News & Research Archive

Minimum Wage Debate with Fast Food

Dec 18, 2013

 

The SEIU union has embarked on a national fight to increase the minimum wage for fast food workers to $15.00 an hour. From McDonalds to Burger King, workers have had walkouts and protests causing facility shutdowns across the country.

On one hand, this is a classic union organization effort to tap into a large non-union represented workforce as well as the blight of poor workers who live on minimum wages, which no longer is able to support the 4.1 million workers in the industry.

On the other hand, you have jobs that are providing young adults and middle-aged employees with part- time and full time work. According to the Bureau of Labor Statistics, one in four of fast food employees are working to support their family of at least one child or more. These jobs also provide employment opportunities for one third of their workers who are in the process of earning their college degree. Lastly, the fast food industry provides products that service a large population of economically deprived Americans.

Currently, the federal government minimum wage is $7.25 an hour with cities and states across the country offering higher wages including San Francisco, which pays $10.55 an hour for minimum wage.

So what are the potential consequences of having fast food operators paid $15.00 an hour? Payment for fast food operators will certainly go up. At $15.00 an hour, operators will likely see the next higher level of employees now willing to work for them. This could lead to a large round of layoffs, affecting the younger or currently underemployed workers, which will greatly affect their livelihood.

If unions are successful in organizing the fast food workers into unions, employees may gain better protection under the union negotiations. However, these union negotiations will come at a cost of paying union dues and competing for jobs with those currently uninterested in working for the fast food industry and who might be better qualified for the positions. Younger people could be the most negatively affected, as they currently make up thirty percent of the fast food employees in the United States.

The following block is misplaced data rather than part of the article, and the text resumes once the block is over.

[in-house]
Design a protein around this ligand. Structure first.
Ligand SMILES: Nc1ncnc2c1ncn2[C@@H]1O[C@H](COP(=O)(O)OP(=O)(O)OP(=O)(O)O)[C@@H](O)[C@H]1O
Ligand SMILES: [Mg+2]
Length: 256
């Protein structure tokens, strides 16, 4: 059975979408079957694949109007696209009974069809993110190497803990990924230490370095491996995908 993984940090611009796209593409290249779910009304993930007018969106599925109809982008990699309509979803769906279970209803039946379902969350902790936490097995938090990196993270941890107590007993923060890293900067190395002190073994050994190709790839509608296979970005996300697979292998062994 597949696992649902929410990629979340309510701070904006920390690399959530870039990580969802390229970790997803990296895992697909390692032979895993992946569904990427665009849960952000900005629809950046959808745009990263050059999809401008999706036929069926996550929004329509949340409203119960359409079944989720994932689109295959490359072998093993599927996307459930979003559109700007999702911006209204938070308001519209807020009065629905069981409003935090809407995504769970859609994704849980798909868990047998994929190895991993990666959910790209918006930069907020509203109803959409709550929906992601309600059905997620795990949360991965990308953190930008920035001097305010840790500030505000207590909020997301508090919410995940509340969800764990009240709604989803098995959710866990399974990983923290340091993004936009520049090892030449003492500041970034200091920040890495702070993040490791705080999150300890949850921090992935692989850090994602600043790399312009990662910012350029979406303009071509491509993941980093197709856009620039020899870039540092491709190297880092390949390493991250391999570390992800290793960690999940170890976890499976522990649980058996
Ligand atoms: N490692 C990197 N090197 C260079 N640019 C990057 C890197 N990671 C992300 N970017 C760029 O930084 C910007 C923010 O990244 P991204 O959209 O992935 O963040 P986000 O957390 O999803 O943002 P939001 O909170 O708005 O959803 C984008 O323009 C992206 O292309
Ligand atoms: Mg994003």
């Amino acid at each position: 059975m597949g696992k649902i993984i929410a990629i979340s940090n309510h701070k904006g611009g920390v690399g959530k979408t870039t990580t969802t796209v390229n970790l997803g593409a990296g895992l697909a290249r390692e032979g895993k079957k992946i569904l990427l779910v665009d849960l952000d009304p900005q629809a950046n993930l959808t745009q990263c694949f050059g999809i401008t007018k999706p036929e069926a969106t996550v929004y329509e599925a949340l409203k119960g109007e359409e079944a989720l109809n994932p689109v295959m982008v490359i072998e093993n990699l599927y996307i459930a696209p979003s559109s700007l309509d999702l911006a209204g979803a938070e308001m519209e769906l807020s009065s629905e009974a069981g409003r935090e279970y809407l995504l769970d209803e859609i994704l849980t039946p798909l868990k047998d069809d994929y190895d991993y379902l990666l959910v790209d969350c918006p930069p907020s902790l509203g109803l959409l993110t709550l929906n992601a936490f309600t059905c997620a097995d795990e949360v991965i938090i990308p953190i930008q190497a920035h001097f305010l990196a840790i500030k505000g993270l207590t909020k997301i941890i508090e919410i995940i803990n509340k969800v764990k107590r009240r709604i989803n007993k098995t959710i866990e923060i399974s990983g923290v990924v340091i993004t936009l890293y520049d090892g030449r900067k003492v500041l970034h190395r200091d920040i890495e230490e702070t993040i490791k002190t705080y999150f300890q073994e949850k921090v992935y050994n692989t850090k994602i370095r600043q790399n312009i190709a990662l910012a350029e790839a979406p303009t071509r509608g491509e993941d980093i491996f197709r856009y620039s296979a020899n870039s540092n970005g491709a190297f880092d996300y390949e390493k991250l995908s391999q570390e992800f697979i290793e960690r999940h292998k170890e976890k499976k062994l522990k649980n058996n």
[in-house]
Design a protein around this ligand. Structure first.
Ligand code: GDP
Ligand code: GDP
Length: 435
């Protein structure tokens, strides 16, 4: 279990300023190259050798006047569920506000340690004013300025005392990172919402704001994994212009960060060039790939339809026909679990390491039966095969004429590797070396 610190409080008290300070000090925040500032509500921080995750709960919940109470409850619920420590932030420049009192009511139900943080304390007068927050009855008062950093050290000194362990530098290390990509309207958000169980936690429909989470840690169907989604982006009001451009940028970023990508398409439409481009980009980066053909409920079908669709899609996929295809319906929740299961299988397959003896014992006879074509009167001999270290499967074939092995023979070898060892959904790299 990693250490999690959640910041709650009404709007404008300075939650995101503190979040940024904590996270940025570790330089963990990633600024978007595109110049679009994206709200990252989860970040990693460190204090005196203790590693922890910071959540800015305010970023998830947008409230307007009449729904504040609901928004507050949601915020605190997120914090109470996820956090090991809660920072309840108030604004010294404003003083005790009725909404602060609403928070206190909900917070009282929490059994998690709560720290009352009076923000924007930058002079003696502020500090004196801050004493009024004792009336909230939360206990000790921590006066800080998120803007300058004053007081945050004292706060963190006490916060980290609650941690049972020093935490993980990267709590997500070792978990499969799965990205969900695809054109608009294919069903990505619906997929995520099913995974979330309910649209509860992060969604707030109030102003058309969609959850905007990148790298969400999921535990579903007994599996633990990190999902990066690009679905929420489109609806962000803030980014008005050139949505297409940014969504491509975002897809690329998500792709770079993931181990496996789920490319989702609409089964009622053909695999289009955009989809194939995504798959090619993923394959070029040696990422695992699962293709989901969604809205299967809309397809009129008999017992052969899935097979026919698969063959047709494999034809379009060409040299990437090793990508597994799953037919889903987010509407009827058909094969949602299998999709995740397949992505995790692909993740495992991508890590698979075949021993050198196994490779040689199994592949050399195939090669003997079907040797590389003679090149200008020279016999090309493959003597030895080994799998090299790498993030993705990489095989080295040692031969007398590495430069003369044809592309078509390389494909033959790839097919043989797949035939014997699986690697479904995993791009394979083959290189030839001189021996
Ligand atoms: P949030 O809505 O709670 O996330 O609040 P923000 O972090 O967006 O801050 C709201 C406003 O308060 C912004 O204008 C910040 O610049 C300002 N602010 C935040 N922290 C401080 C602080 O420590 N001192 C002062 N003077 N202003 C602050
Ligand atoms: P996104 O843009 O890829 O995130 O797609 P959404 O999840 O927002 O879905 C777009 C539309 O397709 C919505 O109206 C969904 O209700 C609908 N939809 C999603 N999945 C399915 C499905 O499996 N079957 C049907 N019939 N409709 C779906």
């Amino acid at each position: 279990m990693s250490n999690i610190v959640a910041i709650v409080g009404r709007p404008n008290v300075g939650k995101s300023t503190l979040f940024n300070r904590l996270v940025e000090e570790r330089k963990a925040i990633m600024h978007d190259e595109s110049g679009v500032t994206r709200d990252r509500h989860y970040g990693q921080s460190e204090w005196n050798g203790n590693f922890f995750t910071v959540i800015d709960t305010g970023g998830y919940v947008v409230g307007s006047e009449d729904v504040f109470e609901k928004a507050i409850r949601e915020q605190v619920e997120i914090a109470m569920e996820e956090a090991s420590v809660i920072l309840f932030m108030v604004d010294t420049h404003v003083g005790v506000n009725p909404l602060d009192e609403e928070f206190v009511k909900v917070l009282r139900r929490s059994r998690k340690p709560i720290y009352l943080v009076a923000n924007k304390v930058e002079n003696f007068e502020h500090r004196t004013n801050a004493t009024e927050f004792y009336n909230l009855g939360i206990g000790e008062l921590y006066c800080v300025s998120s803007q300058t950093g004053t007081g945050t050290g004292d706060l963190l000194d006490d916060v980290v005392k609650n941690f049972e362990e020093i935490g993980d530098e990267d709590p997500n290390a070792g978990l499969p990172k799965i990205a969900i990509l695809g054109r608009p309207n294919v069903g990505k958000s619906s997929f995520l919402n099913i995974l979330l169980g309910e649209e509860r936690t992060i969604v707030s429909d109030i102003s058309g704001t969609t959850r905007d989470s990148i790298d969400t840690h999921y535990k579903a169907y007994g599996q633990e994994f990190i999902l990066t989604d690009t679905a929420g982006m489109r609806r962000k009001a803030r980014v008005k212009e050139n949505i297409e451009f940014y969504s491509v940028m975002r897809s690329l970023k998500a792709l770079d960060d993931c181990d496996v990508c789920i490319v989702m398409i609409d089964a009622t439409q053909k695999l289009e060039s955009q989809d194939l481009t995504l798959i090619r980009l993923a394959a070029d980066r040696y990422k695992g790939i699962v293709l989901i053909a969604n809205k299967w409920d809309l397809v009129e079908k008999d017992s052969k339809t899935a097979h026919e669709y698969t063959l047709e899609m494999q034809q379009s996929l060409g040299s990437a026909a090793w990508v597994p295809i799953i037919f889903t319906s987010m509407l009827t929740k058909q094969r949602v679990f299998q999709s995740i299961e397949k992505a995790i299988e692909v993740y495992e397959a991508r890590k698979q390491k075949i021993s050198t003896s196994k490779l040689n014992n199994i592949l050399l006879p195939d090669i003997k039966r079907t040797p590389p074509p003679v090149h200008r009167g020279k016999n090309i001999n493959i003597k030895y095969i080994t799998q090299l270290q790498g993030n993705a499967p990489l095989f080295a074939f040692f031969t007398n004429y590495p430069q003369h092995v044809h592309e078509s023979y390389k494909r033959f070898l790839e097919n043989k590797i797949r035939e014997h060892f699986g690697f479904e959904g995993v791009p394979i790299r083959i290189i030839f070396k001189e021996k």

So how do we solve this dilemma? Very simply, we could allow tips to be earned by fast food workers. For years, full service restaurant workers have made minimum wage. However, they make the majority of their income on tips. This model is also extended to food delivery employees, who receive minimum wages, but also earn tips upon deliveries. Fast food operators, however have never been offered tips to employees.

There is no doubt that fast food personnel work extremely hard. Food service in general, is not easy. Patrons are accustomed and understand that tips are required as an added cost when dining at restaurants. If fast food operators begin to promote tipping, then workers will enjoy the benefit of an increased income without having to unionize and risk changing the system, where losing their jobs could be a greater possibility.

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Written by: Hans Hansson

E-mail: hans@starboardnet.com


Hans Hansson is President of Starboard TCN Worldwide Real Estate Services as well as a member of the Board of Directors for TCN Worldwide Real Estate. Hans has been an active broker for over 28 years in the San Francisco Bay Area and specializes in office leasing and investments. If you have any questions or comments please email hans@starboardnet.com or call him at (415) 765-6897. You may also check out his website, www.commercialspacefinder.com.

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